Odisha Sun Times Bureau
Bhubaneswar, Mar 12:
The much touted ‘Aahar’ scheme for the poor announced amid great fanfare by the Odisha government recently may end up leaving more people hungry than it feeds, if the blueprint drawn up by the government is anything to go by.
Food outlets to be opened by the government under scheme from April 1 in five major cities in the state – Cuttack, Bhubaneswar, Brahmapur, Sambalpur and Rourkela – would feed rice and dalma (a preparation made of lentil and vegetables) to a total of 20, 000 poor people every day, 4, 000 in each of the five cities.
Four centres would be set up at important locations in each of these five cities; each of them would feed 1, 000 people between 11 am and 3 pm every day.
Given the number of poor living in and visiting these cities, a food riot situation cannot be ruled out. “What would happen if more than 1, 000 people turn up at a centre?” asks an activist
The curious seating arrangements under which just 10 people can be fed at a time gives rise to another problem. “At this rate, it would be evening by the stipulated 1, 000 are fed because it would need 100 batches,” the activist points out.
identifying the poor is certain to pose another major problem. How do the service providers ensure that the relatively well off do not take advantage of the highly subsidized food scheme. Will they be required to show their BPL cards? What if someone is unable to produce one? Will he or she be turned away?
As per the blueprint prepared by the Urban Development department, each meal would cost Rs 20 of which the state government will provide a subsidy of Rs 15 which would be borne by the different corporate bodies. The rest Rs 5 would be borne by the beneficiary.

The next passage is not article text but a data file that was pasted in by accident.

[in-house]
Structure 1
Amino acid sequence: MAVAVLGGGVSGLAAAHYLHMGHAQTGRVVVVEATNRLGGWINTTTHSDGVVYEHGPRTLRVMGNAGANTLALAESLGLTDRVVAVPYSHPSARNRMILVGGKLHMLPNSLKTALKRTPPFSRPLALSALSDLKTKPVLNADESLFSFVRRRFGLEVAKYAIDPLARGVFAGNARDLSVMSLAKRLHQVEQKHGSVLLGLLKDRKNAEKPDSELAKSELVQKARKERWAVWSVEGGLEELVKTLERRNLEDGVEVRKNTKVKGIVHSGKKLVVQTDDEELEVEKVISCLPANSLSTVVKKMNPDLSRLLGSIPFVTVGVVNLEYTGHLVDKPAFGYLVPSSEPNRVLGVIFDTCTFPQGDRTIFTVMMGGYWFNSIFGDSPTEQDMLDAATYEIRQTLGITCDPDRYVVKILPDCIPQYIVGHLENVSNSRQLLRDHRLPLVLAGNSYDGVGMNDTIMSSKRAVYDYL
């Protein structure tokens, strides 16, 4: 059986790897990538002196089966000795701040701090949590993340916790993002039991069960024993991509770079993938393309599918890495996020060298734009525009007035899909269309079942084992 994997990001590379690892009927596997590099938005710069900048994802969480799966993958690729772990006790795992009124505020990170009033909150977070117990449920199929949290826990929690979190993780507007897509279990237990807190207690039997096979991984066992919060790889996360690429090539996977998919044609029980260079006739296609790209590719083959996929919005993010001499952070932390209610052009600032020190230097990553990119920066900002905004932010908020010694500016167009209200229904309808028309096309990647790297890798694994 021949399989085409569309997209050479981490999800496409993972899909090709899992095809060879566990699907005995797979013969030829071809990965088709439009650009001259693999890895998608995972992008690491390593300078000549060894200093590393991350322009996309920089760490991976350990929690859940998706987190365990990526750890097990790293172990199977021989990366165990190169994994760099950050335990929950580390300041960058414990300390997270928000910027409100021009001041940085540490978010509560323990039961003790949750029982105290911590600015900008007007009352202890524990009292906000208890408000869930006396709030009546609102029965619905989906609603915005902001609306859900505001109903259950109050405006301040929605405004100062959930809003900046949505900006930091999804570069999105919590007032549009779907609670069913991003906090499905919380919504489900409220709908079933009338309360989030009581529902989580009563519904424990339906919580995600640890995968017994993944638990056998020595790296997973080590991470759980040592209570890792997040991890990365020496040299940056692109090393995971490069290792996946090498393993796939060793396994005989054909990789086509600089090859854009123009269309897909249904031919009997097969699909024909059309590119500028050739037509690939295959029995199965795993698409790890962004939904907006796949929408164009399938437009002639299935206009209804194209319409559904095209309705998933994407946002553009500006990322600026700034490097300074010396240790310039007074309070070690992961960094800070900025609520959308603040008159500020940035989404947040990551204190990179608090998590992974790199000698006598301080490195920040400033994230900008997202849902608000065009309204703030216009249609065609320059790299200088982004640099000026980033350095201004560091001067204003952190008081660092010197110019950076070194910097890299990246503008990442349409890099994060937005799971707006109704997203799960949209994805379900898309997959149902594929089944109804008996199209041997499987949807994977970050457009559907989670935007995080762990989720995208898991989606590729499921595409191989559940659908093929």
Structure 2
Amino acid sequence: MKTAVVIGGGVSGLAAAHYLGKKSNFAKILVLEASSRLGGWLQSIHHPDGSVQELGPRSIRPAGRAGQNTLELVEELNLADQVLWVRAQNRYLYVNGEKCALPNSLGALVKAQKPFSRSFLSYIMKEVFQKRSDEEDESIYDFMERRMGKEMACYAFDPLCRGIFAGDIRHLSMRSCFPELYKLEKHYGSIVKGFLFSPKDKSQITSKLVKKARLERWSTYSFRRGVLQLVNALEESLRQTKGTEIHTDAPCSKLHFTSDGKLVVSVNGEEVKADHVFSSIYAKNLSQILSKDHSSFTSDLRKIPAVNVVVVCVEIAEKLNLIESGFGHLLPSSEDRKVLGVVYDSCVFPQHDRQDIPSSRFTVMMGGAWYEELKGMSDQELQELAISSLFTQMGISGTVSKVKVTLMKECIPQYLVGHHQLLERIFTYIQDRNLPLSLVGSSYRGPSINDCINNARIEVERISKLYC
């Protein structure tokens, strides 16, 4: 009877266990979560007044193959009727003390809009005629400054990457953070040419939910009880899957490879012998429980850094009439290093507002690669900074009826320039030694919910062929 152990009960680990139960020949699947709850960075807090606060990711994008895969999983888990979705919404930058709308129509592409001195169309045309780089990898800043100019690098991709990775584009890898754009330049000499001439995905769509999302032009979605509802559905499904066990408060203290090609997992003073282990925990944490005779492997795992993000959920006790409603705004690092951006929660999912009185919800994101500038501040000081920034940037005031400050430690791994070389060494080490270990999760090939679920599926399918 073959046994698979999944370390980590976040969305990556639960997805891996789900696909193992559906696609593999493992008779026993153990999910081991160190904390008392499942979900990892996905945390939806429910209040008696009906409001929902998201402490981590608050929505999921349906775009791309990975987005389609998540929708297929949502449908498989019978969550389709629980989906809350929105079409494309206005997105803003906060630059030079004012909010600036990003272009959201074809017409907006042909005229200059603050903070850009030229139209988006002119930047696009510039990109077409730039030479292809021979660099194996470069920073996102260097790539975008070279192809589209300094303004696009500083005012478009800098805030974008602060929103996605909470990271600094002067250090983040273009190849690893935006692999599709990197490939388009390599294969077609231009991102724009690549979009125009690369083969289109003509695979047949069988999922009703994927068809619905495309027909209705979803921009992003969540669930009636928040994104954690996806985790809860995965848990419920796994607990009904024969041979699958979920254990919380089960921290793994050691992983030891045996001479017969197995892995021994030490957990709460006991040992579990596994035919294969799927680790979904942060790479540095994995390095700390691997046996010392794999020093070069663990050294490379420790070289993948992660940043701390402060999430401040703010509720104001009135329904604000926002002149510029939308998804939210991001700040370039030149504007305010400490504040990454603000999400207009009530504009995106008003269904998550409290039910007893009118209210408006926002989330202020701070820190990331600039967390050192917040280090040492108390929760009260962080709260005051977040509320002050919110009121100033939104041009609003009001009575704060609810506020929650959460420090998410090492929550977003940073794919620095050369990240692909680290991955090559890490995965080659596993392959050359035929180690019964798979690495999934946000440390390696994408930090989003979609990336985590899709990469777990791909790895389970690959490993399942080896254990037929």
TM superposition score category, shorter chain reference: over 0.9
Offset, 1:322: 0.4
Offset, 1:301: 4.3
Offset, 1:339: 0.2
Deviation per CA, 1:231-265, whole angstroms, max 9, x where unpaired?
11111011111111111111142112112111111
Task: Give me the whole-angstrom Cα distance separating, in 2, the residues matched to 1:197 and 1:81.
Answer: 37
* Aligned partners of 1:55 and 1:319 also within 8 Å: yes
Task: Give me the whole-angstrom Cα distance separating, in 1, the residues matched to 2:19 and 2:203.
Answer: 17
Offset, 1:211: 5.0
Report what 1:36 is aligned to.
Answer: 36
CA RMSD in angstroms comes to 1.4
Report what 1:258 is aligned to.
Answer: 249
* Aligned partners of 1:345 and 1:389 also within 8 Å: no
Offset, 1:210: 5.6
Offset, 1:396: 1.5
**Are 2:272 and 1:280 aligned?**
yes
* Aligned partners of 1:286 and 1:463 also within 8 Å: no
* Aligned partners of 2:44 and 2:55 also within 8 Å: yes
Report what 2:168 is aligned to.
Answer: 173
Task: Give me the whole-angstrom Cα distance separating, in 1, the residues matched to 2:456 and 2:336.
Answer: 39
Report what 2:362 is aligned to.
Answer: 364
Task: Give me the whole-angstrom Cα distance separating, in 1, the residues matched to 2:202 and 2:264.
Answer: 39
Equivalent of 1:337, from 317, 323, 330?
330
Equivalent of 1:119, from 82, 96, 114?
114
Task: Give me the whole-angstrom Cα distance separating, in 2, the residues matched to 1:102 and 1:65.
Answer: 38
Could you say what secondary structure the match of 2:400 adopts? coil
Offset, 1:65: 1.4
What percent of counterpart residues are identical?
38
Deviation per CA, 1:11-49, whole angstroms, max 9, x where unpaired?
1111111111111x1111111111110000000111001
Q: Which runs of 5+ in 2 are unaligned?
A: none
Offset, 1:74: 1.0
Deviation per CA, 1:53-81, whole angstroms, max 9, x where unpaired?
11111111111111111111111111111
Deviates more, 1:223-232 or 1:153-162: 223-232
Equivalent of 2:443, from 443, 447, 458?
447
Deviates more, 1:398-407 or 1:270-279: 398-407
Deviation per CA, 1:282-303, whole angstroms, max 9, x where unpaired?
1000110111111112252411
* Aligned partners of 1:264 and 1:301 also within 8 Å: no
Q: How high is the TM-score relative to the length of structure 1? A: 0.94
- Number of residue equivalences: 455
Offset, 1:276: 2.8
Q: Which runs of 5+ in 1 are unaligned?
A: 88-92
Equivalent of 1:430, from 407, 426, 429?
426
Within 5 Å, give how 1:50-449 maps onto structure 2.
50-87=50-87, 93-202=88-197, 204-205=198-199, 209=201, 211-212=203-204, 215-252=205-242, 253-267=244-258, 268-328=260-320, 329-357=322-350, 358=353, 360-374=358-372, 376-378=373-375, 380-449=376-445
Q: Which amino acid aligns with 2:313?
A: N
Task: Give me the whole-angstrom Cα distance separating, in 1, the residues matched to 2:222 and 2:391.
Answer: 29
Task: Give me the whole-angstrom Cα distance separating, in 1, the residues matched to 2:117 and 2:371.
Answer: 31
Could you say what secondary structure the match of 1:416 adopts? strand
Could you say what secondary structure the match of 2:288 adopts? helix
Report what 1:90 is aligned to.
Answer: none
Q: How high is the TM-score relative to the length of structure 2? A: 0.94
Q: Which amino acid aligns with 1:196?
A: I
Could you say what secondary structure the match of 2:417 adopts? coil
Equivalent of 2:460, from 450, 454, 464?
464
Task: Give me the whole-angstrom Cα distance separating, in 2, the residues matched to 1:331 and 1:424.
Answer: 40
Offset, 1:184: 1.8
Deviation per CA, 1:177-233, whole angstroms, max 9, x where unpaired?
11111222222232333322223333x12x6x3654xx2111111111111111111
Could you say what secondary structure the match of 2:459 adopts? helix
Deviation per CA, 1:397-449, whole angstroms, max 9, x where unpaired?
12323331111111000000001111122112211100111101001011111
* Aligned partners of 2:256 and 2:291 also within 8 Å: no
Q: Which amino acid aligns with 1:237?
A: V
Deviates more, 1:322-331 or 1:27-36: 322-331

The state government has asked the five corporate bodies—Tata, Odisha Mining Corporation, Rourkela Steel Plant (RSP), Mahanadi Coalfields Ltd (MCL) and National Aluminium Company (Nalco) to bear the subsidy amount.
There will be a provision for concrete tables and chairs, fans and drinking water facilities at each centre.
The state government has entrusted two voluntary organisations—Touchstone Foundation and Manna Trust— to run the scheme.
There will be a central kitchen for preparation of meal in these cities from where they would be sent to the respective centres where uniformed volunteers of these two NGOs would serve the meals to the people.
The Urban Development department, the nodal agency for the scheme, has asked the Municipal commissioners of these five cities to make necessary arrangements before April 1.
The centres would be opened near the railway station, bus stand, Capital Hospital and the court in Bhubaneswar; SCB Medical College and Hospital, Sishu Bhawan, Badambadi bus stand and Malgodown in Cuttack; railway station, MKCG Medical College and Hospital, New Bus Stand and Old Bus Stand in Brahmapur; railway station, bus stand, Panposh Chhak and Vedvyas in Rourkela and railway station, government bus stand, Anthapalli bus stand and court in Sambalpur.
The government has also asked these municipal corporation authorities to regularly examine the food and water provided in these centres and provide water and electricity free of cost.